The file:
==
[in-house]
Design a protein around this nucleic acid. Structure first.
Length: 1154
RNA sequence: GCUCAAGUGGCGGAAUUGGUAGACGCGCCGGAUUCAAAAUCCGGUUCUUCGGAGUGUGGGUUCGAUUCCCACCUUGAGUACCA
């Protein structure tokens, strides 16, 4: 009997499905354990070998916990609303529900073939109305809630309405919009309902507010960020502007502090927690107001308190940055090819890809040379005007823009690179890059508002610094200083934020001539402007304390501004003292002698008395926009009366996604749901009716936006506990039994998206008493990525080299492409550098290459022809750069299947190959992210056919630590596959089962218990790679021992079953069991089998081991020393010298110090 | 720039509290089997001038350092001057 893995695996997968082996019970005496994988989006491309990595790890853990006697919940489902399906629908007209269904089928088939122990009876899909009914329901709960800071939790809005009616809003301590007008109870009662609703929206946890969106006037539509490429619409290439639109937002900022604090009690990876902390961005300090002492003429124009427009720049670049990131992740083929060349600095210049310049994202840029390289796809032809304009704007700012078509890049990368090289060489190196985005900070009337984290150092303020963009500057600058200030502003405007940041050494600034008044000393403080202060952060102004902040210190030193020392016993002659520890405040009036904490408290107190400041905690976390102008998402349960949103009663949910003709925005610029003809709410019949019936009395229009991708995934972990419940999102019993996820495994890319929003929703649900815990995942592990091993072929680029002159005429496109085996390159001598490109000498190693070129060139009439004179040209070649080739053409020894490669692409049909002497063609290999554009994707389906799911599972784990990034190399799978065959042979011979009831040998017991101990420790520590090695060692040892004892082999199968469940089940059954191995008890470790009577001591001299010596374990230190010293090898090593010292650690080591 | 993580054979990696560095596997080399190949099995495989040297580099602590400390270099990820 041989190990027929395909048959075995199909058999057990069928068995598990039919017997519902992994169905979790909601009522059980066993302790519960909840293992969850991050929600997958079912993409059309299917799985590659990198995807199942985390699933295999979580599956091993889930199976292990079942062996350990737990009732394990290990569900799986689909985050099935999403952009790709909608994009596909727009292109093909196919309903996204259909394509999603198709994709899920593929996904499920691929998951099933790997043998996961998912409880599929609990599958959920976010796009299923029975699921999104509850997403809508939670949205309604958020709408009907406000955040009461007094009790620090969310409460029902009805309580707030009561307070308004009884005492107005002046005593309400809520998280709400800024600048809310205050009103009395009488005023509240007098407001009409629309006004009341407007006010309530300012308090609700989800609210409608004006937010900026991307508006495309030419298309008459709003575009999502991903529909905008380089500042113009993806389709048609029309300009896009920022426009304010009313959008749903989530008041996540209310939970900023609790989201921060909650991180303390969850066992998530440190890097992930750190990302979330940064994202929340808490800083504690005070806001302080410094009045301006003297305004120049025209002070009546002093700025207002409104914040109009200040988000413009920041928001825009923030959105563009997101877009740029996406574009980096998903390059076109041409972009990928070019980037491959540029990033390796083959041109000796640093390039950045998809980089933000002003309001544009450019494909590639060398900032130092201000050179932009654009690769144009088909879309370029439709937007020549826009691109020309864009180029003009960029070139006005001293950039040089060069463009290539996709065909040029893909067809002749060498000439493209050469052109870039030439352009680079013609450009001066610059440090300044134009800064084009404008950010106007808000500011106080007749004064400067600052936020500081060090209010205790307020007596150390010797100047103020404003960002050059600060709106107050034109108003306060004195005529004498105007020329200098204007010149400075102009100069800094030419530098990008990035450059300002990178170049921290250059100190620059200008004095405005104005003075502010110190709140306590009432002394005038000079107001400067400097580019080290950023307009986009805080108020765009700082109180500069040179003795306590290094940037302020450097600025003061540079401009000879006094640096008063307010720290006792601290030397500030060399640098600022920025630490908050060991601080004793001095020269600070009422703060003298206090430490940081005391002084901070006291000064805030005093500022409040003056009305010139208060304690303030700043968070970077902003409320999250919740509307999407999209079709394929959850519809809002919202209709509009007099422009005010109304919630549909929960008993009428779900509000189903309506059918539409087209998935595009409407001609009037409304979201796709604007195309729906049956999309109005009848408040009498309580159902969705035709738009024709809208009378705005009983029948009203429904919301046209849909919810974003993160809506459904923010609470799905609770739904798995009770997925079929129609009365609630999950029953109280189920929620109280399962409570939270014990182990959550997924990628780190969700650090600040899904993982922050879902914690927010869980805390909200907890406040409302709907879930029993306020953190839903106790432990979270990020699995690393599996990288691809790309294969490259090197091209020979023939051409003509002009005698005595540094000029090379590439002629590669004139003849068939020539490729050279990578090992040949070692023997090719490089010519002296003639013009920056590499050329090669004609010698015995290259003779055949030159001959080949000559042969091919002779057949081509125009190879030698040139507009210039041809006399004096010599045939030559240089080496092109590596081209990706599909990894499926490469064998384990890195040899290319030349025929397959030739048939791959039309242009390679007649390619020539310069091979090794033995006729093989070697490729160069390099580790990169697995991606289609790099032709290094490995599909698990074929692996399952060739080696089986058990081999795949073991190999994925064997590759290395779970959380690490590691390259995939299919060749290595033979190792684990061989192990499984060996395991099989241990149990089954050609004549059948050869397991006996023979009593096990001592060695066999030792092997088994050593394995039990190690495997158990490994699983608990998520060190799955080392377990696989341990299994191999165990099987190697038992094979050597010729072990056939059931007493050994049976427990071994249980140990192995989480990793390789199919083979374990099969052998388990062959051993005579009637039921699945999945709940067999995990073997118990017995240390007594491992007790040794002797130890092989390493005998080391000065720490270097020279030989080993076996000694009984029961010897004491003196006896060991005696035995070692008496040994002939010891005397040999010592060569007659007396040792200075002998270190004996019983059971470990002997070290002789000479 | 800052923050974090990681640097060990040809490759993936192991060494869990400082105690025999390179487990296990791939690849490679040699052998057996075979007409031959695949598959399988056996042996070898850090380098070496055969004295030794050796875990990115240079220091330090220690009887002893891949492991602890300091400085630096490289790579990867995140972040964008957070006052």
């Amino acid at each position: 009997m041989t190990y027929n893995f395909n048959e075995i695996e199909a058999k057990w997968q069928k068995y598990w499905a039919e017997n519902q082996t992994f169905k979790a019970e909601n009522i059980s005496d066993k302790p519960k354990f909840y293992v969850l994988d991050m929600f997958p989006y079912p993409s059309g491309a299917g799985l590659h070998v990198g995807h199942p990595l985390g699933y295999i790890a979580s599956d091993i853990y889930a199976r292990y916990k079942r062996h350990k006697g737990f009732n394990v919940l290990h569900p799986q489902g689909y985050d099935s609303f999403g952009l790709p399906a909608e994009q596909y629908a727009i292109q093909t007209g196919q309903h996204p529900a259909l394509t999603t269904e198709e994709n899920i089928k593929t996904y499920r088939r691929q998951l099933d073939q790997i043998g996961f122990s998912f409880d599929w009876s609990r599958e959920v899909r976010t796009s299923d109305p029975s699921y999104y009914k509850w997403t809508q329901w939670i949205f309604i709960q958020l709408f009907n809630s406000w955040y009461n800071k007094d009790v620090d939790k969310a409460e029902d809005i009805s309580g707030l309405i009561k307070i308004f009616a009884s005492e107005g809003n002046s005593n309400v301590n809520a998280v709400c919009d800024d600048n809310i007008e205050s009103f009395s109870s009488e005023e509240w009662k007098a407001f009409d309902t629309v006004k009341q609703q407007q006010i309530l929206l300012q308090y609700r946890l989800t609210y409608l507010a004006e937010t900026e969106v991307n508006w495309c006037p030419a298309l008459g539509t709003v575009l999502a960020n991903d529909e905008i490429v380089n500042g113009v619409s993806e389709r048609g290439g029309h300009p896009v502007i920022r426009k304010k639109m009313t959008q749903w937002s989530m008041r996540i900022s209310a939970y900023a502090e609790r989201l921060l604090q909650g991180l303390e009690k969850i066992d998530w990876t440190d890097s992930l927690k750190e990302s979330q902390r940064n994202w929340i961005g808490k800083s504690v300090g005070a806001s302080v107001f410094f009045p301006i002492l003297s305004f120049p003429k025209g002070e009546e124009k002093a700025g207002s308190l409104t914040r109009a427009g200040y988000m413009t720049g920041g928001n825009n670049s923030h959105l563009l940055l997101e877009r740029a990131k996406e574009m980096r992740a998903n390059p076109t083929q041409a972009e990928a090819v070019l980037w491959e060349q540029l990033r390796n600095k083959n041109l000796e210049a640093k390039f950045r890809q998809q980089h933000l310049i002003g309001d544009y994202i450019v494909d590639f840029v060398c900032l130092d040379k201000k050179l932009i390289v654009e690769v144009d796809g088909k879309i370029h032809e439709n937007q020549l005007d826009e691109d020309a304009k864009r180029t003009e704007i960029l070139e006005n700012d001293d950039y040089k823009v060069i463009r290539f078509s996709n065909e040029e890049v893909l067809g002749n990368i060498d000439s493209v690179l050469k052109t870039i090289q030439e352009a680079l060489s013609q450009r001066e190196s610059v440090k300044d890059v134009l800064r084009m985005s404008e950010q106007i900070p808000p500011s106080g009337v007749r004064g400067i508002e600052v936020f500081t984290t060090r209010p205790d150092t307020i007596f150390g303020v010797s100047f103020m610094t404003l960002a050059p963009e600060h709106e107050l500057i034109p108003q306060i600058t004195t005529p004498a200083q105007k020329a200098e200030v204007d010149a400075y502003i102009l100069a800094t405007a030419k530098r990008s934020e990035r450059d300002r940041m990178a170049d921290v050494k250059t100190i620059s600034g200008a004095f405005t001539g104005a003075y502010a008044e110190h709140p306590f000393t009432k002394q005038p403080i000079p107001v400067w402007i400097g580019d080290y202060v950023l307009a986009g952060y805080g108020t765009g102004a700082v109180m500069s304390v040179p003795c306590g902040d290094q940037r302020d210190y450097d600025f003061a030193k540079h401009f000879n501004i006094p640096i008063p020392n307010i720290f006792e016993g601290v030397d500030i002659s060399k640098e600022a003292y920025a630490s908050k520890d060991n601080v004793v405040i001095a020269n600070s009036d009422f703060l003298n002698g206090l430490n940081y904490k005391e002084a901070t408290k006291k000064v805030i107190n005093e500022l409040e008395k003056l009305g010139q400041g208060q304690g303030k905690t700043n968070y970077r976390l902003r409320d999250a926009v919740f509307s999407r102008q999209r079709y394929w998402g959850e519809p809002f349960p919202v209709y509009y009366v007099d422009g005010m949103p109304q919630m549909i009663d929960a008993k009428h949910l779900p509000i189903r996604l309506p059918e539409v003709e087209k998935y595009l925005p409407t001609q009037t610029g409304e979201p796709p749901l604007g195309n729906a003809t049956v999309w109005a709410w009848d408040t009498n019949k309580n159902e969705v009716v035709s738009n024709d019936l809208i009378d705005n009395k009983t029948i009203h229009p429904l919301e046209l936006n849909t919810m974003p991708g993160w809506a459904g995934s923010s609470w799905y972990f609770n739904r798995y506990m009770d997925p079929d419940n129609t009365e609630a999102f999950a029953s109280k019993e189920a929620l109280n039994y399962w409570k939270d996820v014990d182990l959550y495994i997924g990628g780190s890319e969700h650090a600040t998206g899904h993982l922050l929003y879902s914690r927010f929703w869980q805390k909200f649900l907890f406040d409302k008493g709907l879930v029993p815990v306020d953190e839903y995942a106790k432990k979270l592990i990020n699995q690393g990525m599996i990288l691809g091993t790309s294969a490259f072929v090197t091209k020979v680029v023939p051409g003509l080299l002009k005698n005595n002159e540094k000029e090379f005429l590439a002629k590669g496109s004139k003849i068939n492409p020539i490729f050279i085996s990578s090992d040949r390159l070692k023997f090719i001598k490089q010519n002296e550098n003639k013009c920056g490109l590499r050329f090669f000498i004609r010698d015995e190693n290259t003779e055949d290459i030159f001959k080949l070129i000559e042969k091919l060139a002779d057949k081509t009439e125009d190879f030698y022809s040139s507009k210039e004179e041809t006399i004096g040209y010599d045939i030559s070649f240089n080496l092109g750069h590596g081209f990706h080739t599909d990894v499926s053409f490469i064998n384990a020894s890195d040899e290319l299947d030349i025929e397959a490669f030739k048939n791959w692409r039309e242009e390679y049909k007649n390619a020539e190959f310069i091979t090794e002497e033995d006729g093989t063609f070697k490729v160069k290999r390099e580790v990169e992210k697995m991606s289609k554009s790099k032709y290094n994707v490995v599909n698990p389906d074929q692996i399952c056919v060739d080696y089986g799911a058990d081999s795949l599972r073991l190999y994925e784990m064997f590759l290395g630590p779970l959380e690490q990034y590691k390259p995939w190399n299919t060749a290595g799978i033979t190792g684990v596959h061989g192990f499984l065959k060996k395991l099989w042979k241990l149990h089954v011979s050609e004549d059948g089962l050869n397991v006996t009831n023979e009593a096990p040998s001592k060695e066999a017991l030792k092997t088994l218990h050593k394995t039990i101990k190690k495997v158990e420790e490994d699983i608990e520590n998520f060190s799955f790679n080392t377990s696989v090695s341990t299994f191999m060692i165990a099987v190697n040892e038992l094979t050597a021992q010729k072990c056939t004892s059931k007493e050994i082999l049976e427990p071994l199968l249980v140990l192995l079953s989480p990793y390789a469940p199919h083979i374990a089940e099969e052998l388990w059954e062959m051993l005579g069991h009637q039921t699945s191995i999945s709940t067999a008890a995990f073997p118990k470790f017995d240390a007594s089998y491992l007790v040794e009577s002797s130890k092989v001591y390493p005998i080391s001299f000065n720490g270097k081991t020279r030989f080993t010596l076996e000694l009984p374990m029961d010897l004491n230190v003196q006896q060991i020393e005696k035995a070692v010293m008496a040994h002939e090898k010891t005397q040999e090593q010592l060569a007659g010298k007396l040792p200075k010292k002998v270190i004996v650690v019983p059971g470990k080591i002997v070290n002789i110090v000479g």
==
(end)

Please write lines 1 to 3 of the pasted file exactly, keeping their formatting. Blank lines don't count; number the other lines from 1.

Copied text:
[in-house]
Design a protein around this nucleic acid. Structure first.
Length: 1154